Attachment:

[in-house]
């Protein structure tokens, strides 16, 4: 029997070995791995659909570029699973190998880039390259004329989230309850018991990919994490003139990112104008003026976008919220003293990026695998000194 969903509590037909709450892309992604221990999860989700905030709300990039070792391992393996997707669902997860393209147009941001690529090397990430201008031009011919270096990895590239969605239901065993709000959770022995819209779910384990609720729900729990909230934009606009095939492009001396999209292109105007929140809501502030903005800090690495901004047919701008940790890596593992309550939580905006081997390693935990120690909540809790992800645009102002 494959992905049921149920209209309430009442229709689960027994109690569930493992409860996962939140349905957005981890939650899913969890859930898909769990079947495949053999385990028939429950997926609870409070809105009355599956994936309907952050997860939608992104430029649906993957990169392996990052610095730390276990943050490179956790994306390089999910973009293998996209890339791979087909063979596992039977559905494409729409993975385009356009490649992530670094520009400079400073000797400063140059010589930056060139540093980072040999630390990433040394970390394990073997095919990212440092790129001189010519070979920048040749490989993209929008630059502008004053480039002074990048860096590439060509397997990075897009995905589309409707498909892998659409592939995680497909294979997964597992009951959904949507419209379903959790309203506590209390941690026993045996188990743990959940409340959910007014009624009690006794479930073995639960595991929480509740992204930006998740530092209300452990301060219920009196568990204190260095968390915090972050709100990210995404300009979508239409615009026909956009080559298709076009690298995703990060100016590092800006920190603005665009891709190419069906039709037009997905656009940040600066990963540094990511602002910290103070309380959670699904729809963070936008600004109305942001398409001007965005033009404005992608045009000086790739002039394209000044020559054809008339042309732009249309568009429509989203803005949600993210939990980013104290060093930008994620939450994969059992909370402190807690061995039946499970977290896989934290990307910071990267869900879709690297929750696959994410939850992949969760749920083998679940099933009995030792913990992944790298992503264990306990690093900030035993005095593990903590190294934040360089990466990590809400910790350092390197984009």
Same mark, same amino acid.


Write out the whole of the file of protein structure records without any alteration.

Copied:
[in-house]
């Protein structure tokens, strides 16, 4: 029997070995791995659909570029699973190998880039390259004329989230309850018991990919994490003139990112104008003026976008919220003293990026695998000194 969903509590037909709450892309992604221990999860989700905030709300990039070792391992393996997707669902997860393209147009941001690529090397990430201008031009011919270096990895590239969605239901065993709000959770022995819209779910384990609720729900729990909230934009606009095939492009001396999209292109105007929140809501502030903005800090690495901004047919701008940790890596593992309550939580905006081997390693935990120690909540809790992800645009102002 494959992905049921149920209209309430009442229709689960027994109690569930493992409860996962939140349905957005981890939650899913969890859930898909769990079947495949053999385990028939429950997926609870409070809105009355599956994936309907952050997860939608992104430029649906993957990169392996990052610095730390276990943050490179956790994306390089999910973009293998996209890339791979087909063979596992039977559905494409729409993975385009356009490649992530670094520009400079400073000797400063140059010589930056060139540093980072040999630390990433040394970390394990073997095919990212440092790129001189010519070979920048040749490989993209929008630059502008004053480039002074990048860096590439060509397997990075897009995905589309409707498909892998659409592939995680497909294979997964597992009951959904949507419209379903959790309203506590209390941690026993045996188990743990959940409340959910007014009624009690006794479930073995639960595991929480509740992204930006998740530092209300452990301060219920009196568990204190260095968390915090972050709100990210995404300009979508239409615009026909956009080559298709076009690298995703990060100016590092800006920190603005665009891709190419069906039709037009997905656009940040600066990963540094990511602002910290103070309380959670699904729809963070936008600004109305942001398409001007965005033009404005992608045009000086790739002039394209000044020559054809008339042309732009249309568009429509989203803005949600993210939990980013104290060093930008994620939450994969059992909370402190807690061995039946499970977290896989934290990307910071990267869900879709690297929750696959994410939850992949969760749920083998679940099933009995030792913990992944790298992503264990306990690093900030035993005095593990903590190294934040360089990466990590809400910790350092390197984009």
Same mark, same amino acid.